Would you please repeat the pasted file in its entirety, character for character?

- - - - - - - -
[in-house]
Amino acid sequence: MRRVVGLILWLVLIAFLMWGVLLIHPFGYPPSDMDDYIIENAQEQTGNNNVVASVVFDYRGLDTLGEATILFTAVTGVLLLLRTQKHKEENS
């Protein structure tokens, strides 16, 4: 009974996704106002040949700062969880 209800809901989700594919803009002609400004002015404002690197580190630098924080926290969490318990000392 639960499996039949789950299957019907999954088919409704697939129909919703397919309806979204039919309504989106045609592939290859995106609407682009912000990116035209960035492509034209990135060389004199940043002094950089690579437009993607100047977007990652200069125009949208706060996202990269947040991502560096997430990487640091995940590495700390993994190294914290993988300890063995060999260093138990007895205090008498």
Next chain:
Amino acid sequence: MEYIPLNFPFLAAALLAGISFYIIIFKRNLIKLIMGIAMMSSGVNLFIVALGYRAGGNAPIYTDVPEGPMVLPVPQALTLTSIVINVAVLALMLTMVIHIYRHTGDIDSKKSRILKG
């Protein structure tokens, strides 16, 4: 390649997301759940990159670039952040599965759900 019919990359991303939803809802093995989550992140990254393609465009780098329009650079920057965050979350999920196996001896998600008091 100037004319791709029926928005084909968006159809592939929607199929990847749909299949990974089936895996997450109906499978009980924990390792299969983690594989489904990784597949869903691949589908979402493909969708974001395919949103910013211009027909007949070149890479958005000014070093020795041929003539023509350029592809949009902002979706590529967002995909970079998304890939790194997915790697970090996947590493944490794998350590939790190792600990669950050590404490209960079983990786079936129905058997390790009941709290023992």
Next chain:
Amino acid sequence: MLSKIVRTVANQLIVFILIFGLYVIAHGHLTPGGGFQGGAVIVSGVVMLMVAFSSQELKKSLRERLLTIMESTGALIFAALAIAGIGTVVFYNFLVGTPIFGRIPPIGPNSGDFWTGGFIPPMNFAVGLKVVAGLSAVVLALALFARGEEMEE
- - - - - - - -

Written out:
[in-house]
Amino acid sequence: MRRVVGLILWLVLIAFLMWGVLLIHPFGYPPSDMDDYIIENAQEQTGNNNVVASVVFDYRGLDTLGEATILFTAVTGVLLLLRTQKHKEENS
């Protein structure tokens, strides 16, 4: 009974996704106002040949700062969880 209800809901989700594919803009002609400004002015404002690197580190630098924080926290969490318990000392 639960499996039949789950299957019907999954088919409704697939129909919703397919309806979204039919309504989106045609592939290859995106609407682009912000990116035209960035492509034209990135060389004199940043002094950089690579437009993607100047977007990652200069125009949208706060996202990269947040991502560096997430990487640091995940590495700390993994190294914290993988300890063995060999260093138990007895205090008498």
Next chain:
Amino acid sequence: MEYIPLNFPFLAAALLAGISFYIIIFKRNLIKLIMGIAMMSSGVNLFIVALGYRAGGNAPIYTDVPEGPMVLPVPQALTLTSIVINVAVLALMLTMVIHIYRHTGDIDSKKSRILKG
């Protein structure tokens, strides 16, 4: 390649997301759940990159670039952040599965759900 019919990359991303939803809802093995989550992140990254393609465009780098329009650079920057965050979350999920196996001896998600008091 100037004319791709029926928005084909968006159809592939929607199929990847749909299949990974089936895996997450109906499978009980924990390792299969983690594989489904990784597949869903691949589908979402493909969708974001395919949103910013211009027909007949070149890479958005000014070093020795041929003539023509350029592809949009902002979706590529967002995909970079998304890939790194997915790697970090996947590493944490794998350590939790190792600990669950050590404490209960079983990786079936129905058997390790009941709290023992």
Next chain:
Amino acid sequence: MLSKIVRTVANQLIVFILIFGLYVIAHGHLTPGGGFQGGAVIVSGVVMLMVAFSSQELKKSLRERLLTIMESTGALIFAALAIAGIGTVVFYNFLVGTPIFGRIPPIGPNSGDFWTGGFIPPMNFAVGLKVVAGLSAVVLALALFARGEEMEE